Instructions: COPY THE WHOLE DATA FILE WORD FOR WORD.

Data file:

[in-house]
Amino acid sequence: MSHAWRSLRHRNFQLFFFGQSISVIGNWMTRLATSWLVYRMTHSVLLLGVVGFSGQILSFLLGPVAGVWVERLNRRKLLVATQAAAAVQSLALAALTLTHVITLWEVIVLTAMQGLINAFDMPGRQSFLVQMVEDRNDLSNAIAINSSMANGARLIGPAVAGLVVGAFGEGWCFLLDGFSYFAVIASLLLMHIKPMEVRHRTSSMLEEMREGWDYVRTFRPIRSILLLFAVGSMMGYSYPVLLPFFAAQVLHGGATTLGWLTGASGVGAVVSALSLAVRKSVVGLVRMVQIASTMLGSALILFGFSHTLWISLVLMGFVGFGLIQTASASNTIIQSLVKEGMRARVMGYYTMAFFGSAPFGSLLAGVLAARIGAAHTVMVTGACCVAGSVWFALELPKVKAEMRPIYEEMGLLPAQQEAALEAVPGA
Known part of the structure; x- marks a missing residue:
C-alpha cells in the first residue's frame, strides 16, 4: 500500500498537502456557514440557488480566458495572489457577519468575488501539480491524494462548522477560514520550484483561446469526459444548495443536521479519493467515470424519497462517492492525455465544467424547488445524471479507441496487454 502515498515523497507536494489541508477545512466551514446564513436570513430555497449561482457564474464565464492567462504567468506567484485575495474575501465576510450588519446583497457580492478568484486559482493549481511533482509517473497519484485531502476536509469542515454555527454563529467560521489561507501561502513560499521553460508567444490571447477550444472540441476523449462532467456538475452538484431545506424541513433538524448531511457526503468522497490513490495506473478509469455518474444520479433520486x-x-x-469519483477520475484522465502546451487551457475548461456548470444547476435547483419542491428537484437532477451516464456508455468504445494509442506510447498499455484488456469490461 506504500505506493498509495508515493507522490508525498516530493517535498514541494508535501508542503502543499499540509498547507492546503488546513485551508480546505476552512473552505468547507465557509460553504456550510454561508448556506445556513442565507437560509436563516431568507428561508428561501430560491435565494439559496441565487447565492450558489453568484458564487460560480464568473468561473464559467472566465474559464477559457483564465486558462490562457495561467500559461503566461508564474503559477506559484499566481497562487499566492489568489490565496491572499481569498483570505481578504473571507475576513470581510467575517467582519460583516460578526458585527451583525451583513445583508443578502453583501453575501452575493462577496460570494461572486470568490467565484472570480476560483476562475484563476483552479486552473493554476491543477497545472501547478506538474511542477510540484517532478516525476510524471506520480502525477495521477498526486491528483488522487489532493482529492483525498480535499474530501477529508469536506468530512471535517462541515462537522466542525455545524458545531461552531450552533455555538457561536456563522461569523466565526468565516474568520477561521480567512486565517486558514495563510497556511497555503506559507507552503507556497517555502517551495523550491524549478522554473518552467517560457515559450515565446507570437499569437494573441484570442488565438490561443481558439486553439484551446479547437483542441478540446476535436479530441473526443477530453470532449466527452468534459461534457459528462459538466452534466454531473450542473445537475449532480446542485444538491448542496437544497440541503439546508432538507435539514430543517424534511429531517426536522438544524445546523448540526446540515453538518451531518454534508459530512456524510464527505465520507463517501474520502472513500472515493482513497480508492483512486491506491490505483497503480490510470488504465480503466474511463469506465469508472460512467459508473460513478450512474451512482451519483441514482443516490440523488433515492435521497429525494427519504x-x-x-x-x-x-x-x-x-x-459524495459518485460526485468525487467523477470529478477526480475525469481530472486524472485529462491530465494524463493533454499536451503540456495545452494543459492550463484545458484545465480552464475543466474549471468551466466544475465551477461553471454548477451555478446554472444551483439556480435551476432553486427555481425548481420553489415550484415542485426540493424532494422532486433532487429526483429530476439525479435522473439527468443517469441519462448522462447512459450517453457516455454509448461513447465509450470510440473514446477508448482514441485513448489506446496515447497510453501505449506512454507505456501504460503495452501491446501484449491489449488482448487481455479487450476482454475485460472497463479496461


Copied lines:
[in-house]
Amino acid sequence: MSHAWRSLRHRNFQLFFFGQSISVIGNWMTRLATSWLVYRMTHSVLLLGVVGFSGQILSFLLGPVAGVWVERLNRRKLLVATQAAAAVQSLALAALTLTHVITLWEVIVLTAMQGLINAFDMPGRQSFLVQMVEDRNDLSNAIAINSSMANGARLIGPAVAGLVVGAFGEGWCFLLDGFSYFAVIASLLLMHIKPMEVRHRTSSMLEEMREGWDYVRTFRPIRSILLLFAVGSMMGYSYPVLLPFFAAQVLHGGATTLGWLTGASGVGAVVSALSLAVRKSVVGLVRMVQIASTMLGSALILFGFSHTLWISLVLMGFVGFGLIQTASASNTIIQSLVKEGMRARVMGYYTMAFFGSAPFGSLLAGVLAARIGAAHTVMVTGACCVAGSVWFALELPKVKAEMRPIYEEMGLLPAQQEAALEAVPGA
Known part of the structure; x- marks a missing residue:
C-alpha cells in the first residue's frame, strides 16, 4: 500500500498537502456557514440557488480566458495572489457577519468575488501539480491524494462548522477560514520550484483561446469526459444548495443536521479519493467515470424519497462517492492525455465544467424547488445524471479507441496487454 502515498515523497507536494489541508477545512466551514446564513436570513430555497449561482457564474464565464492567462504567468506567484485575495474575501465576510450588519446583497457580492478568484486559482493549481511533482509517473497519484485531502476536509469542515454555527454563529467560521489561507501561502513560499521553460508567444490571447477550444472540441476523449462532467456538475452538484431545506424541513433538524448531511457526503468522497490513490495506473478509469455518474444520479433520486x-x-x-469519483477520475484522465502546451487551457475548461456548470444547476435547483419542491428537484437532477451516464456508455468504445494509442506510447498499455484488456469490461 506504500505506493498509495508515493507522490508525498516530493517535498514541494508535501508542503502543499499540509498547507492546503488546513485551508480546505476552512473552505468547507465557509460553504456550510454561508448556506445556513442565507437560509436563516431568507428561508428561501430560491435565494439559496441565487447565492450558489453568484458564487460560480464568473468561473464559467472566465474559464477559457483564465486558462490562457495561467500559461503566461508564474503559477506559484499566481497562487499566492489568489490565496491572499481569498483570505481578504473571507475576513470581510467575517467582519460583516460578526458585527451583525451583513445583508443578502453583501453575501452575493462577496460570494461572486470568490467565484472570480476560483476562475484563476483552479486552473493554476491543477497545472501547478506538474511542477510540484517532478516525476510524471506520480502525477495521477498526486491528483488522487489532493482529492483525498480535499474530501477529508469536506468530512471535517462541515462537522466542525455545524458545531461552531450552533455555538457561536456563522461569523466565526468565516474568520477561521480567512486565517486558514495563510497556511497555503506559507507552503507556497517555502517551495523550491524549478522554473518552467517560457515559450515565446507570437499569437494573441484570442488565438490561443481558439486553439484551446479547437483542441478540446476535436479530441473526443477530453470532449466527452468534459461534457459528462459538466452534466454531473450542473445537475449532480446542485444538491448542496437544497440541503439546508432538507435539514430543517424534511429531517426536522438544524445546523448540526446540515453538518451531518454534508459530512456524510464527505465520507463517501474520502472513500472515493482513497480508492483512486491506491490505483497503480490510470488504465480503466474511463469506465469508472460512467459508473460513478450512474451512482451519483441514482443516490440523488433515492435521497429525494427519504x-x-x-x-x-x-x-x-x-x-459524495459518485460526485468525487467523477470529478477526480475525469481530472486524472485529462491530465494524463493533454499536451503540456495545452494543459492550463484545458484545465480552464475543466474549471468551466466544475465551477461553471454548477451555478446554472444551483439556480435551476432553486427555481425548481420553489415550484415542485426540493424532494422532486433532487429526483429530476439525479435522473439527468443517469441519462448522462447512459450517453457516455454509448461513447465509450470510440473514446477508448482514441485513448489506446496515447497510453501505449506512454507505456501504460503495452501491446501484449491489449488482448487481455479487450476482454475485460472497463479496461